Federal 340B Program Reform Needs Federal Reform – Not State Expansion

Federal 340B Program Reform Needs Federal Reform – Not State Expansion

The Coalition of Hematology & Oncology Practices (CHOP) is heavily engaged at the state and federal level to ensure access to innovative, affordable healthcare – and we’ve had incremental success working on policies to lower out-of-pocket costs and improve access. We still have a long way to go and are disappointed by the recent trend of State Legislature exploring policies to expand the 340B Program, and its problems that are driving up profits for major corporations –instead of helping patients.

More than 1.6 million new cases of cancer are reported every year, and one out of every five deaths in the U.S. are caused by cancer. Low- and middle-income patients are more likely to die from their cancer diagnosis than high-income patients in the United States. Ensuring affordable access to healthcare for cancer patients is a top priority for CHOP to break this trend.

Like many state and federal policymakers, CHOP has kept a close eye on the multiple investigative reports of certain healthcare entities taking part in a federal program known as 340B – and its impact on healthcare access and affordability.

The federal 340B Drug Pricing Program was originally created by Congress in 1992 to ensure more affordable healthcare services and medicines to patients in need. The necessary and vital program has unfortunately diverted from its original intention, and Congress is hard at work on comprehensive reform to ensure it returns to its original intent with added transparency.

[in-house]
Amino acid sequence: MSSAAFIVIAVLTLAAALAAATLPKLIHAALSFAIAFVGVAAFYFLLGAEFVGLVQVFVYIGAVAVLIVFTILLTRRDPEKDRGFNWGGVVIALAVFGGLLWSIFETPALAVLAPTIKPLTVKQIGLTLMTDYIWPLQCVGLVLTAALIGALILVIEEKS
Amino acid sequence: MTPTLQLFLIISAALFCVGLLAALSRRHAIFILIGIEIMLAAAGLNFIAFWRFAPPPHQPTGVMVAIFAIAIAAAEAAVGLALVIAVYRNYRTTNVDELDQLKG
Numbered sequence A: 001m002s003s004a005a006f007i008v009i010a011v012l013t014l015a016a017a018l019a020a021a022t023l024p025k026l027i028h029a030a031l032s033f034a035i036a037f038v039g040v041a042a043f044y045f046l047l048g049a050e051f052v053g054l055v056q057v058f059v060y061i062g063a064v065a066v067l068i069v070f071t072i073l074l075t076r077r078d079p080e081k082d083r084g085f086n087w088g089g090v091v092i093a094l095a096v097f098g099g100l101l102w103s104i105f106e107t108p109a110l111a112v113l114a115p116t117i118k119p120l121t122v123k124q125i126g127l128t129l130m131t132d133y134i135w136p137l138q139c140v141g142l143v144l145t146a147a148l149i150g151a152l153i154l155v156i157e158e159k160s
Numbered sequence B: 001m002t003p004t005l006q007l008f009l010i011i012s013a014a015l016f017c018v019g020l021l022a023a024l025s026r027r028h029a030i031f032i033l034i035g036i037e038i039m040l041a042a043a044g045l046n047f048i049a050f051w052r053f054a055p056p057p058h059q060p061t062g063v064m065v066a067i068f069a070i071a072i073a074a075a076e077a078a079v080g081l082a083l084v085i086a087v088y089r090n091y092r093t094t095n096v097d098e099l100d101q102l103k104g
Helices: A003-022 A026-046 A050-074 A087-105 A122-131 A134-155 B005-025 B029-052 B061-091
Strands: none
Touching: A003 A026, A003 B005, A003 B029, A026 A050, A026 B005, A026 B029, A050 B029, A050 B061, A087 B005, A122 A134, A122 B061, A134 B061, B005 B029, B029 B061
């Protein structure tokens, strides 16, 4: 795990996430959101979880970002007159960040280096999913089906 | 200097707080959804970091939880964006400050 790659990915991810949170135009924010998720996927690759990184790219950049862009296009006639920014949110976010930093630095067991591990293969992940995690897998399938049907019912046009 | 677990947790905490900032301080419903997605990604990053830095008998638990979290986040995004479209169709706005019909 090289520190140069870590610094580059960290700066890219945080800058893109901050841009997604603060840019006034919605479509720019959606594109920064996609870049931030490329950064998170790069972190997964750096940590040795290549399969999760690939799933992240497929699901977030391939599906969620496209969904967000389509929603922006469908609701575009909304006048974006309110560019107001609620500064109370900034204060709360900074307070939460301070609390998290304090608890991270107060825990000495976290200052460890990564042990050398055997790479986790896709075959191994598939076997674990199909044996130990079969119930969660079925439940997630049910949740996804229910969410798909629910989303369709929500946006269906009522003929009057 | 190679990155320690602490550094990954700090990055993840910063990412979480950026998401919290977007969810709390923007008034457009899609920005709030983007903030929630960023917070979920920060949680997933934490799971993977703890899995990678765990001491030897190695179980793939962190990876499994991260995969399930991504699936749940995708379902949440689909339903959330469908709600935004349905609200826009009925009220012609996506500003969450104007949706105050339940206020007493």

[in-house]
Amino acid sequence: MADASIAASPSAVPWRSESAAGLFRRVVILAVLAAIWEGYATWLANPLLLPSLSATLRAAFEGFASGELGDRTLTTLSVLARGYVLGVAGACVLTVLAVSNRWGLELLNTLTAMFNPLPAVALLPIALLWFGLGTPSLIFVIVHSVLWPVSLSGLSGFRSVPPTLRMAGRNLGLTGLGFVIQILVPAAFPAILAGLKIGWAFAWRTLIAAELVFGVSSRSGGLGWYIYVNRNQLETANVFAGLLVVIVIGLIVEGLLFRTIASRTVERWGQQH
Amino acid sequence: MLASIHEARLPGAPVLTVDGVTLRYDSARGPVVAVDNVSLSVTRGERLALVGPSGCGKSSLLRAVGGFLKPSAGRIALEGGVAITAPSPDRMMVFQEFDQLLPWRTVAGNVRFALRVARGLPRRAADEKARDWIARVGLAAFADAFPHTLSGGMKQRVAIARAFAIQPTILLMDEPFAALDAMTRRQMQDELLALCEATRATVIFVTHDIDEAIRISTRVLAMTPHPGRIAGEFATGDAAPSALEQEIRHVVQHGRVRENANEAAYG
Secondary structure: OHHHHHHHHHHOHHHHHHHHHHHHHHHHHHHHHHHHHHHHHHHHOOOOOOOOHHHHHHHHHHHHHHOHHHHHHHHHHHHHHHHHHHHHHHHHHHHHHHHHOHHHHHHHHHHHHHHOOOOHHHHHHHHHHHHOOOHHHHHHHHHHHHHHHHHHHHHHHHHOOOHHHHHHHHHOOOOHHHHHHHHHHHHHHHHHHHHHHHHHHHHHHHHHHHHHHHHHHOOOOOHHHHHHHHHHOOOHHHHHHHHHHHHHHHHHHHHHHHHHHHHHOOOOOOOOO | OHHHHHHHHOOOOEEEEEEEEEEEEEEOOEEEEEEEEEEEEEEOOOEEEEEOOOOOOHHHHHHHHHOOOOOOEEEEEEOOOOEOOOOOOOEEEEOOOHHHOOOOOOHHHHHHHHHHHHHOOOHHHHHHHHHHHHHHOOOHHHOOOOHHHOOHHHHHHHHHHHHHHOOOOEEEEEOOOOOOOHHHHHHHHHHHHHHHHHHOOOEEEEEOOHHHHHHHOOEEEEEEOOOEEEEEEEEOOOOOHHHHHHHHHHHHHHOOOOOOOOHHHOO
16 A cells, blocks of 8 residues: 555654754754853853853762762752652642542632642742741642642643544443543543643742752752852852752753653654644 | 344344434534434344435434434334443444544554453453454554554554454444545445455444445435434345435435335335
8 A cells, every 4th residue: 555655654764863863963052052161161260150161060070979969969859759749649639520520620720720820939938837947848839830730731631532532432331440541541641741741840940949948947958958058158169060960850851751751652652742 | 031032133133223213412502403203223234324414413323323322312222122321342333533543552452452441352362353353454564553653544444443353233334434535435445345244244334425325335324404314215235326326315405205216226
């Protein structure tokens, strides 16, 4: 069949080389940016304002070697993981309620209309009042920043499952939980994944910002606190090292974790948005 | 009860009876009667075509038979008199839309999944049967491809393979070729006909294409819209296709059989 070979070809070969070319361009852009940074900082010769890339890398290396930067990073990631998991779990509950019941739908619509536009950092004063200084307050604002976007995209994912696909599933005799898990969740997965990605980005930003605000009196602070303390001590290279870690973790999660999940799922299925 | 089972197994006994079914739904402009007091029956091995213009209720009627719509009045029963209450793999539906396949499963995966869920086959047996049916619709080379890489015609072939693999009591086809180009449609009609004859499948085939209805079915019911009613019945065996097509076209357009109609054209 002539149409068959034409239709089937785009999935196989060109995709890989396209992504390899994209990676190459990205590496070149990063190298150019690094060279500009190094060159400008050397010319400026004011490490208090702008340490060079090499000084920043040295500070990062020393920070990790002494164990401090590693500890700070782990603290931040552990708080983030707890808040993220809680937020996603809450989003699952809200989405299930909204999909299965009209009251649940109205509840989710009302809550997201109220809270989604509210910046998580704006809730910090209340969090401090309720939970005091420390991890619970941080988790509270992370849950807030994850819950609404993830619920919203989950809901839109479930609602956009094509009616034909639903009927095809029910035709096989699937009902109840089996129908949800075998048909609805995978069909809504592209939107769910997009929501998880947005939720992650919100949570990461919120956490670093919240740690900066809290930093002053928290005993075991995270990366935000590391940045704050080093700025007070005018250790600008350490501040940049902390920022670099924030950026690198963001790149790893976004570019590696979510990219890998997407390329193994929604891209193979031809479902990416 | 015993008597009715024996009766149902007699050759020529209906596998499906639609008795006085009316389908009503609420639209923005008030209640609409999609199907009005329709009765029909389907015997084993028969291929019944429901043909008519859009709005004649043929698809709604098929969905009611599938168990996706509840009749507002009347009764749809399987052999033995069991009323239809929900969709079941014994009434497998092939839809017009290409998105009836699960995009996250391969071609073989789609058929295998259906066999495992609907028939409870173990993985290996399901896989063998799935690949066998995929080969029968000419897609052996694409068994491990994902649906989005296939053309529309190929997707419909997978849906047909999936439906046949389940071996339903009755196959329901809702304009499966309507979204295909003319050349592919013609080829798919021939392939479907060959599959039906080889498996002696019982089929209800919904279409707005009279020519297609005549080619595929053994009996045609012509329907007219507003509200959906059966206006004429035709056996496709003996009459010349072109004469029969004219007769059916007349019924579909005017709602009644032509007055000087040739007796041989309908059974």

Certain 340B entities have announced record-setting profits on the back of a federal program aimed at supporting low-income and uninsured patients. Yet, the 340B program lacks the needed transparency to determine if and how much of these record-setting profits benefit the patients the program is designed to serve.

After an investigative piece from the New York Times, the Senate Health, Education, Labor, and Pensions Committee has launched an investigation into the program to examine how 340B entities spend the revenue they generate through the program. This stems from a Government Accountability Office report that found 340B serves higher-income areas with higher insurance rates, which goes against the mission and purpose of the program.

The U.S. Department of Health and Human Services Office of Inspector General also found that 340B entities often do not share discounts provided to them through the program with patients. For example, contract pharmacies through the 340B program generate a 72% profit margin on 340B medicines compared to a 22% profit margin through independent pharmacies. Yet, despite this, patients end up paying 150% more for their prescriptions at 340B entities than at non-340B entities.

As practice managers and business personnel in hematology and oncology practices, we know the financial burdens of cancer care. To improve the 340B Drug Pricing Program and ensure it provides for patients who need its help, it’s important to allow Congress to implement a set of policy principles to restore the program to its original intent, like ensuring that 340B prescriptions are provided to patients at a discount, preventing profiting off the program, and facilitating public reporting on the program. It’s premature to expand 340B at the state level.

Let’s work together to find real solutions for our communities and the patients we serve.

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